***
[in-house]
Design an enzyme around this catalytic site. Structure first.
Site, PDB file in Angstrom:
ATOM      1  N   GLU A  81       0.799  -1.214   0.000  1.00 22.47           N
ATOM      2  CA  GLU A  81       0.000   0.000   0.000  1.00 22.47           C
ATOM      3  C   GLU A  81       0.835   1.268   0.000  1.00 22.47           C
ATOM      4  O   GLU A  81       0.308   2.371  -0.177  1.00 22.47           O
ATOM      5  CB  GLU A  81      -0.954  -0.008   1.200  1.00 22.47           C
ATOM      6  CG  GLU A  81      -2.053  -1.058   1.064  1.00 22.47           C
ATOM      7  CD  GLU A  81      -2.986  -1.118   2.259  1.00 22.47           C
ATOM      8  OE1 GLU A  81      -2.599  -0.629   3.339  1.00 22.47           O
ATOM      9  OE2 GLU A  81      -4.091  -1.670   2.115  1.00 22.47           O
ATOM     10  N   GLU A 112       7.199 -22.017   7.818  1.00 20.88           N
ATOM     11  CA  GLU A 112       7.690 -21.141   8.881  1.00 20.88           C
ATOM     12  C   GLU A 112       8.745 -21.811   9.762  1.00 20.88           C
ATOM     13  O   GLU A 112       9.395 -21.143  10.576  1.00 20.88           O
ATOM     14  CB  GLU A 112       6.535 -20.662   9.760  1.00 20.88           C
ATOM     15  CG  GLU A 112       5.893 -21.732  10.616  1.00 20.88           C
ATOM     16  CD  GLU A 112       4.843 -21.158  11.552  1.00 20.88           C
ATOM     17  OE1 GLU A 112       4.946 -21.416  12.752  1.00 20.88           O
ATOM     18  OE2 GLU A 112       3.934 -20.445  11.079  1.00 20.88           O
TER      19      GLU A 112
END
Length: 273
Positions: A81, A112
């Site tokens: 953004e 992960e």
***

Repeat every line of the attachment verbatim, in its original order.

[in-house]
Design an enzyme around this catalytic site. Structure first.
Site, PDB file in Angstrom:
ATOM      1  N   GLU A  81       0.799  -1.214   0.000  1.00 22.47           N
ATOM      2  CA  GLU A  81       0.000   0.000   0.000  1.00 22.47           C
ATOM      3  C   GLU A  81       0.835   1.268   0.000  1.00 22.47           C
ATOM      4  O   GLU A  81       0.308   2.371  -0.177  1.00 22.47           O
ATOM      5  CB  GLU A  81      -0.954  -0.008   1.200  1.00 22.47           C
ATOM      6  CG  GLU A  81      -2.053  -1.058   1.064  1.00 22.47           C
ATOM      7  CD  GLU A  81      -2.986  -1.118   2.259  1.00 22.47           C
ATOM      8  OE1 GLU A  81      -2.599  -0.629   3.339  1.00 22.47           O
ATOM      9  OE2 GLU A  81      -4.091  -1.670   2.115  1.00 22.47           O
ATOM     10  N   GLU A 112       7.199 -22.017   7.818  1.00 20.88           N
ATOM     11  CA  GLU A 112       7.690 -21.141   8.881  1.00 20.88           C
ATOM     12  C   GLU A 112       8.745 -21.811   9.762  1.00 20.88           C
ATOM     13  O   GLU A 112       9.395 -21.143  10.576  1.00 20.88           O
ATOM     14  CB  GLU A 112       6.535 -20.662   9.760  1.00 20.88           C
ATOM     15  CG  GLU A 112       5.893 -21.732  10.616  1.00 20.88           C
ATOM     16  CD  GLU A 112       4.843 -21.158  11.552  1.00 20.88           C
ATOM     17  OE1 GLU A 112       4.946 -21.416  12.752  1.00 20.88           O
ATOM     18  OE2 GLU A 112       3.934 -20.445  11.079  1.00 20.88           O
TER      19      GLU A 112
END
Length: 273
Positions: A81, A112
């Site tokens: 953004e 992960e």